Dean Starkman cautions that the Dish's new business model "may not be as much of a bellwether as you might think, or hope":
To a certain extent, Sullivan and his crew are, if not sui generis, an anomaly on the Web—one of only a handful of established bloggers able to draw what amounts to a mass audience, month after month, year after year. In The Myth of Digital Democracy, published in 2009, Matthew Hindman assembles the data to show that, for a number of technical and cultural reasons, a small number of bloggers—and Sullivan was one of those singled out—dominate traffic heading to politically oriented sites. A lot of traffic goes to a few sites, while the vast majority gets very little. Hindman calls this the “missing middle.”
I addressed this line of argument in an interview with Techcrunch:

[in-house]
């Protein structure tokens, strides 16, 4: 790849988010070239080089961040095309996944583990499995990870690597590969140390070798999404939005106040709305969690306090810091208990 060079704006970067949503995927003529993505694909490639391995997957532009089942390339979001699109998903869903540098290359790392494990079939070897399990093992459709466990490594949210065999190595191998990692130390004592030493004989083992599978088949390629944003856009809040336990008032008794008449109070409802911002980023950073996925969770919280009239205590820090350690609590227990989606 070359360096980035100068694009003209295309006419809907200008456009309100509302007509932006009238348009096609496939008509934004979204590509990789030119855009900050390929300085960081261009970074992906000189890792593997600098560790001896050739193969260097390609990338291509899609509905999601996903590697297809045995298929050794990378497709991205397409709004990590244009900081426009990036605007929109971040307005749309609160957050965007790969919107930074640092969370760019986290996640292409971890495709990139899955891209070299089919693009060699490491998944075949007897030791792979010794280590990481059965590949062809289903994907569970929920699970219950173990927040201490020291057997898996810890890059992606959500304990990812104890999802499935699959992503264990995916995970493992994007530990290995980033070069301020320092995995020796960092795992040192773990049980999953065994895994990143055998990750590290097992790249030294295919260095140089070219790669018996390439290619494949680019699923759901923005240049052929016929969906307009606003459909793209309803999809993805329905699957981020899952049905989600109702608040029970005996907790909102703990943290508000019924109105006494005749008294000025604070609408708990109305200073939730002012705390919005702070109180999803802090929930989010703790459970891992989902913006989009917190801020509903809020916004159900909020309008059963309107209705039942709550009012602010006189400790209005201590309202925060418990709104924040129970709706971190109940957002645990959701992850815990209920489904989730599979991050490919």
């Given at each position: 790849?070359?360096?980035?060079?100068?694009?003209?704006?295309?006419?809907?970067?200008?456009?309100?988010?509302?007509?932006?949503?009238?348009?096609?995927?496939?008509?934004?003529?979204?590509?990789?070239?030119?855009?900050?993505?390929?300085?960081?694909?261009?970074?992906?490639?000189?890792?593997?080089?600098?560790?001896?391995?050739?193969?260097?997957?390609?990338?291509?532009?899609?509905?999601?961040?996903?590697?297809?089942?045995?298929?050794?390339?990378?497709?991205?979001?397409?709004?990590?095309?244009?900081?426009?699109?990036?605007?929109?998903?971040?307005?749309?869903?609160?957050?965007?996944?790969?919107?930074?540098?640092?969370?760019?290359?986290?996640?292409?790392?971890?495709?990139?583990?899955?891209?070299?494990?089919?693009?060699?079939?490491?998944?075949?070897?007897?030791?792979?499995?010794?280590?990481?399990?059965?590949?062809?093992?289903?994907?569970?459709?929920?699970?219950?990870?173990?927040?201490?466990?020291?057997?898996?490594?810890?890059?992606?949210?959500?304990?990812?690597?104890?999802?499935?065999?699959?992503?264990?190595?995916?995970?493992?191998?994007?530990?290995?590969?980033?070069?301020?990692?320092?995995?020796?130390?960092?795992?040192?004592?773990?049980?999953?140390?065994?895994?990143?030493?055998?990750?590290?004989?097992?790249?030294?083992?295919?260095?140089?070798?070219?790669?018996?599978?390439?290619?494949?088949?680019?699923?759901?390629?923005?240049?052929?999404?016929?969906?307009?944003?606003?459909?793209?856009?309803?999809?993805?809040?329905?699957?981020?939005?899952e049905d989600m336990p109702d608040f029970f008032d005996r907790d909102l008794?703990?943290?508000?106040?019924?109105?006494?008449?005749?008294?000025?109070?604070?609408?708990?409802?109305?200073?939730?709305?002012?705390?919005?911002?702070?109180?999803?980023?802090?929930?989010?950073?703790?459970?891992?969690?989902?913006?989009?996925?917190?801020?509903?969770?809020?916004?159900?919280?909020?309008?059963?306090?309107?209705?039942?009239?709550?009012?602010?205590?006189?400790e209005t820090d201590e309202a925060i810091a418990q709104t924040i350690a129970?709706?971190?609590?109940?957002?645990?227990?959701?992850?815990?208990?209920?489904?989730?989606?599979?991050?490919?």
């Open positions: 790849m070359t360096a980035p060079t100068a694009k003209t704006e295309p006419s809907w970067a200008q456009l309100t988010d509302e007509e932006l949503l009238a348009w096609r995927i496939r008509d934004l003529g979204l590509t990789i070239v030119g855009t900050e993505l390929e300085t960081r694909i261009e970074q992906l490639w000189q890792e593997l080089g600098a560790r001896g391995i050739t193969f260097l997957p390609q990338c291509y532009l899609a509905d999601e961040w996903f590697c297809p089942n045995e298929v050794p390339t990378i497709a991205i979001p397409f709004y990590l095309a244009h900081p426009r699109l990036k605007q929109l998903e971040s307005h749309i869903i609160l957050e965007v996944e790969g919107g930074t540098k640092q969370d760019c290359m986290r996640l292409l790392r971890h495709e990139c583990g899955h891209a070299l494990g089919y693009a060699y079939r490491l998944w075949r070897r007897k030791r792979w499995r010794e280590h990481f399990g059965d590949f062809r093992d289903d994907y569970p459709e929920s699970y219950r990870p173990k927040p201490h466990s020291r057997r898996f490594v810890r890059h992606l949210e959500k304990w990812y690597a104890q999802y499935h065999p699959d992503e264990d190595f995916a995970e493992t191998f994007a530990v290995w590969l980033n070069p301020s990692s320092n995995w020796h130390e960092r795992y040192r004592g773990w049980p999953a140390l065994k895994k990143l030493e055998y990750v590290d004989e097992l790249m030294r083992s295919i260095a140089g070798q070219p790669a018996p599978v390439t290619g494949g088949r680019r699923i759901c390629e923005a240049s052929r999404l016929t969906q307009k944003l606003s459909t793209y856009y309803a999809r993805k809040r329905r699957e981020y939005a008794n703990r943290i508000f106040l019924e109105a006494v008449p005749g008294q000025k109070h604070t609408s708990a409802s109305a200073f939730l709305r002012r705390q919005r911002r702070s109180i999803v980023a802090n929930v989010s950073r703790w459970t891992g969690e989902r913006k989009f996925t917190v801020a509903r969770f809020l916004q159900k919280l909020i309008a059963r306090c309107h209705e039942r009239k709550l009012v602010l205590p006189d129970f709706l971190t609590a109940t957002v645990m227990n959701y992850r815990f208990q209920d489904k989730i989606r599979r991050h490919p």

Asked whether this approach can be replicated by other, less well-known bloggers, [Sullivan] said, “Well, we don’t know if it’s even going to work for us yet, so let’s not get ahead of ourselves.” After all, low six-figure revenue isn’t enough to sustain even a year of the Dish. At the same time, he said that smaller blogs that are “just one person blogging out of a room” will have lower costs.
“If you get rid of all the overhead … I think it is scalable with a smaller blog,” he said. “I don’t see why not.”